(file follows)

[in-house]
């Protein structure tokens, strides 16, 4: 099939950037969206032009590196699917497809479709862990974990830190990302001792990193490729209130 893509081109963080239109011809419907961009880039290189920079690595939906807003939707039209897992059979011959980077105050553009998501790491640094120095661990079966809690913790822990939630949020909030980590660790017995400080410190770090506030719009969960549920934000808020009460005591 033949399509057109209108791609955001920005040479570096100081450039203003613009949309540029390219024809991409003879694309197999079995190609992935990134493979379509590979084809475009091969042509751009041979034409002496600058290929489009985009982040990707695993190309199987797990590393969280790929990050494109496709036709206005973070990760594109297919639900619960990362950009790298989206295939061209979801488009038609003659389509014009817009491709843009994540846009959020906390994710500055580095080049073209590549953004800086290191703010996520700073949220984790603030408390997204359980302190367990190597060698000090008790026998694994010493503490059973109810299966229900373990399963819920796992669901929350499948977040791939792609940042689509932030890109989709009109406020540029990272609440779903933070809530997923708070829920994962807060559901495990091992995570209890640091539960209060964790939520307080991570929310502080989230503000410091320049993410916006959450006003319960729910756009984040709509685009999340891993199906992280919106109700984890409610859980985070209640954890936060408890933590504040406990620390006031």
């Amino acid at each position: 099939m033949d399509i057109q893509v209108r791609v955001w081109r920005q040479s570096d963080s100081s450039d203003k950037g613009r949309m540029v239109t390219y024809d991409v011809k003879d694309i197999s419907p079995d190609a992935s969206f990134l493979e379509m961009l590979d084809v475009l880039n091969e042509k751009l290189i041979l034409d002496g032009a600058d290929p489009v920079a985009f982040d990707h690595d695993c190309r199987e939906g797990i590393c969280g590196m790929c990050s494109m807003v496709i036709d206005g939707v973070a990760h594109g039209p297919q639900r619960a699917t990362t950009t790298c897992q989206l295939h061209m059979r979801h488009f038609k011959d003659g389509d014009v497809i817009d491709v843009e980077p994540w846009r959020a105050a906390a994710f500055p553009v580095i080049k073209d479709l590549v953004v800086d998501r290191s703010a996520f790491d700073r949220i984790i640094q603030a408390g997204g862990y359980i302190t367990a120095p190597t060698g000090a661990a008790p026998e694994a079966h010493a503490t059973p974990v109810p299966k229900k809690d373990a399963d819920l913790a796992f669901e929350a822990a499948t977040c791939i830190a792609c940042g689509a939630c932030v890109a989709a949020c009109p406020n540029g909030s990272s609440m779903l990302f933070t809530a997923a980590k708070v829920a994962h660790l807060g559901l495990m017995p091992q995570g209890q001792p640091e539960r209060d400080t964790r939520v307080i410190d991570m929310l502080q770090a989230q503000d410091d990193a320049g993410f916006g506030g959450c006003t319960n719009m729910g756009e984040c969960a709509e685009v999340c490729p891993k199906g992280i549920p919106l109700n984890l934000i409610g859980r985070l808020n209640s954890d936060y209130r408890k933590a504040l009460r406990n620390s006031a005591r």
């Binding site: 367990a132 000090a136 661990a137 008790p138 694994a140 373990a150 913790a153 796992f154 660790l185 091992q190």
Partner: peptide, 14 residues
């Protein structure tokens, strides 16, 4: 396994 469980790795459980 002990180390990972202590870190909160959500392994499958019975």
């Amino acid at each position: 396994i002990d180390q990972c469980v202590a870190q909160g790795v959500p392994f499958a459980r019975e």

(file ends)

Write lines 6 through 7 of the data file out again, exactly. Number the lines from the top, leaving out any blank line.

């Protein structure tokens, strides 16, 4: 396994 469980790795459980 002990180390990972202590870190909160959500392994499958019975």
């Amino acid at each position: 396994i002990d180390q990972c469980v202590a870190q909160g790795v959500p392994f499958a459980r019975e």